The Desmond Survey of the 1580s identifies a similar situation in County Limerick. The Elizabethan document is the first overall view of the county after the medieval period and it depicts a landscape divided up among lesser lords and tenants who paid dues in rents and services to their overlord, the Earl of Desmond. Precisely when this proliferation of lesser lordships occurred cannot be readily identified, but its correlation with the advent of tower houses from the fifteenth century onwards must be significant. In County Limerick tower houses show a marked concentration in the county’s fertile central plain. The rich land would have provided excellent pasture for cattle, a key factor in generating wealth for landowners. The tower house also emphasised the landowner’s position in society. Secure behind its walls, the tower house and bawn provided a landowner with protection from troublesome neighbours and raiders at a time when forays were the principal form of Irish warfare.
The architecture of tower houses
No two tower houses are ever identical. While the same assemblage of architectural features occurring in one tower house can be present in a neighbouring building (thereby suggesting that both were erected at a similar period), the location, variety and number of features present in each individual building can differ. The presence of a shared architectural assemblage does, however, allow the buildings to be defined as a distinct architectural series. In addition, each tower house functions as a self-contained unit with the chambers inside stacked vertically, one over the other. Both of these factors result in the conformity of appearance throughout Ireland.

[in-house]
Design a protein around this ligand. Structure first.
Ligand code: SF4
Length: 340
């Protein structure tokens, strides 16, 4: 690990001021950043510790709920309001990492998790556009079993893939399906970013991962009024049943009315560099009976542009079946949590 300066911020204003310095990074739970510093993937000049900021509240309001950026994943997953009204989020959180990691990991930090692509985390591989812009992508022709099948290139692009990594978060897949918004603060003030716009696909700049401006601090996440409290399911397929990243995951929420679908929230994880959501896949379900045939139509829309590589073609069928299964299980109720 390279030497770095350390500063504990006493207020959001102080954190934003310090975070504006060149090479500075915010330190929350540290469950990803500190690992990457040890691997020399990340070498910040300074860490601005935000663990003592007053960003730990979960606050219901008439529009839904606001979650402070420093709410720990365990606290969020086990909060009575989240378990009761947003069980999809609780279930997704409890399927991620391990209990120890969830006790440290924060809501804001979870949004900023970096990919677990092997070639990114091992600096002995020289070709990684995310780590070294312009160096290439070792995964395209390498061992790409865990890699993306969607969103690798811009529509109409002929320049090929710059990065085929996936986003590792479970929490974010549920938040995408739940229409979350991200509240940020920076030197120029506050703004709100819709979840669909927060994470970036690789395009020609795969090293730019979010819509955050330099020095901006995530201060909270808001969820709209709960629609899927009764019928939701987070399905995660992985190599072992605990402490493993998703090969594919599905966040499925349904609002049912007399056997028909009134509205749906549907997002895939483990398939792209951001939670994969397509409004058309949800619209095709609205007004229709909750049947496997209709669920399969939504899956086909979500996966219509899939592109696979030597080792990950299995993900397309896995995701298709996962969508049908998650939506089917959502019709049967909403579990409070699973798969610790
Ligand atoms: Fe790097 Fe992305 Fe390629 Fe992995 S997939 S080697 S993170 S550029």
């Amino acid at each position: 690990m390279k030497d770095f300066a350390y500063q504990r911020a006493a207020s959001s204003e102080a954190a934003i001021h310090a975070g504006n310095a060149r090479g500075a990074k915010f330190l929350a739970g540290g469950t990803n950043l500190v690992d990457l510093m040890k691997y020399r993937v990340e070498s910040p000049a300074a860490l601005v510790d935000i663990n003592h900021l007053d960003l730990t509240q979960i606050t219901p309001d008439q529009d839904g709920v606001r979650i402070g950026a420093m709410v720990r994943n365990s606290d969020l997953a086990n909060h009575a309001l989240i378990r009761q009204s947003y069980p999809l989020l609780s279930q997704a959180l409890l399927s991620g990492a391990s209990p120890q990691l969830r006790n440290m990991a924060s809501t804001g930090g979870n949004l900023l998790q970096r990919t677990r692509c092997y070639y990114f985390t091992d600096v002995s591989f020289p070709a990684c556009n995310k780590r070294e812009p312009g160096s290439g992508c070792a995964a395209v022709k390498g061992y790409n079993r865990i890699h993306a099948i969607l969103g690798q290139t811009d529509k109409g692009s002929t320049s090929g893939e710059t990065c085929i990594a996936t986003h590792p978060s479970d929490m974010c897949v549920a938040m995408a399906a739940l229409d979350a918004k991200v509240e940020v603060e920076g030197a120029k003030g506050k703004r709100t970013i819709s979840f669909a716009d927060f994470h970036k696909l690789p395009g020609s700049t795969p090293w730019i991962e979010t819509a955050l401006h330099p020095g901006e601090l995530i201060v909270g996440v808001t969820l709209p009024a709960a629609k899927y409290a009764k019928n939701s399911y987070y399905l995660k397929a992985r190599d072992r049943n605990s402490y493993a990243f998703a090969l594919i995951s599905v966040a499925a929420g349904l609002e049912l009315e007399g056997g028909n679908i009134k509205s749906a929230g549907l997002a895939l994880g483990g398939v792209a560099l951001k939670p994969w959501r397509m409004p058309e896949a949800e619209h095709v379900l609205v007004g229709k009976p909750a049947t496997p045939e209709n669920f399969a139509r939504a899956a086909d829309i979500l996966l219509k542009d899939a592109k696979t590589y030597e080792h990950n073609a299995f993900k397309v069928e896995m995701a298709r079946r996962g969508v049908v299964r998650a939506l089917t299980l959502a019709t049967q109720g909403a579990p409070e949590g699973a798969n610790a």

The majority of tower houses have a rectangular, nearly square, plan with tall walls which taper upwards from thick, base battered foundations (Fig. 2). The entrance is at ground floor level, framed by an arched doorway of dressed stone. The presence of a small hole set in one of the stone door jambs can betray where an iron door, or yett, once hung. Looking upwards a stone box at parapet level may be set directly out over the doorway. The open floor of this machicolation (Detail 1) allowed missiles to be dropped on assailants below. Bartizans and tourelles can jut out from an upper corner or the crenellated parapet (Detail 2), both providing the circuit of the building with additional defence. The entrance may lead into a small lobby, in the roof of which is often positioned a murder hole, another defensive feature and one which enabled the occupants to dispatch any unwelcomed visitor from the safety of the building’s first floor level. On one side of the lobby there may be the entrance to a small subsidiary chamber (perhaps a porter’s station), while often on the other side is the doorway leading onto the spiral staircase which gives access to the upper floor levels. The lobby may lead through to the large main chamber. Both main and subsidiary chambers may lie under stone barrel vaults, but the stress which vaults placed on the side walls often restricted their number in the finished tower house. As a result, the builders more often used wooden floors, set on joists which spanned the room and were supported on beams placed on stone supports (corbels) projecting from both side walls of the chamber (Detail 3).
Usually the floor plan is repeated in each of the upper levels, and each level’s internal space is divided between a main chamber and a subsidiary chamber. The timber doors throughout the building were hung on ‘hanging eyes’ (Detail 4) or pivot holes placed at the top inner side of the doorway, into which the door stile was inserted. The chambers can contain deep wall cupboards and fireplaces (though the latter are rarely found in subsidiary chambers). Long stone-roofed passages, housed in the thickness of a side wall, lead to the castle’s latrines. The latrine is set over a downward flue which allowed waste matter to fall through the shaft to an opening in the external wall-face where it was jettisoned from the building.